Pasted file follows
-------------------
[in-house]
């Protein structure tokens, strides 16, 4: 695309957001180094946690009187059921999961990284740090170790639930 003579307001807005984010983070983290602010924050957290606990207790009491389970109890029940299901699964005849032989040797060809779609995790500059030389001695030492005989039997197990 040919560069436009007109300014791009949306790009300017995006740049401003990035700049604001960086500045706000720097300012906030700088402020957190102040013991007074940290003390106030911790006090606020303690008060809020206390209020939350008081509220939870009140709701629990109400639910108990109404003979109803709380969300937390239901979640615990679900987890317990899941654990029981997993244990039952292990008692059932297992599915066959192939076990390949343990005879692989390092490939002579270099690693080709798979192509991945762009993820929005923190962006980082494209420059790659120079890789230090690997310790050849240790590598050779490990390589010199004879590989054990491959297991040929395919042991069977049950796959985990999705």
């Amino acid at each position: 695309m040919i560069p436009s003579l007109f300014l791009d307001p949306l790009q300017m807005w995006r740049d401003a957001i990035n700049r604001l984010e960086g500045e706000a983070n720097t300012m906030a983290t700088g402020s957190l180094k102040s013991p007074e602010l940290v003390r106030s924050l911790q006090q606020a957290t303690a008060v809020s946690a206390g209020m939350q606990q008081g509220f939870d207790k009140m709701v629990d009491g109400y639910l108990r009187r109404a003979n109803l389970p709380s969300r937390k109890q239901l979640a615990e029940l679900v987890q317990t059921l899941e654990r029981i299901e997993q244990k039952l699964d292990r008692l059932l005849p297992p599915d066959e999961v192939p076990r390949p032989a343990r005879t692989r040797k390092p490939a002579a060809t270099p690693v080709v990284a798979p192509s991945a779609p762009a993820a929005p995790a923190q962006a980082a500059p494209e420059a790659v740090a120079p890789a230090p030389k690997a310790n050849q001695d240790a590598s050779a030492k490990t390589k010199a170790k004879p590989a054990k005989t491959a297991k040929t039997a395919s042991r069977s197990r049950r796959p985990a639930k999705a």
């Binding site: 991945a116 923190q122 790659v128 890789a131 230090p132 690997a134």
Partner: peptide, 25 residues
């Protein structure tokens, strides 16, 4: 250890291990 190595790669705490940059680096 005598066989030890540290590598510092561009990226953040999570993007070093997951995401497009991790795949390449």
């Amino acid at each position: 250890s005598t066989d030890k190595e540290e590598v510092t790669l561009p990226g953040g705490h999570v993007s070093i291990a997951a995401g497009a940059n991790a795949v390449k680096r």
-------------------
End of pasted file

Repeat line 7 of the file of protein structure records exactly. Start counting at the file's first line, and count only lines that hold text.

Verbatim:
């Amino acid at each position: 250890s005598t066989d030890k190595e540290e590598v510092t790669l561009p990226g953040g705490h999570v993007s070093i291990a997951a995401g497009a940059n991790a795949v390449k680096r």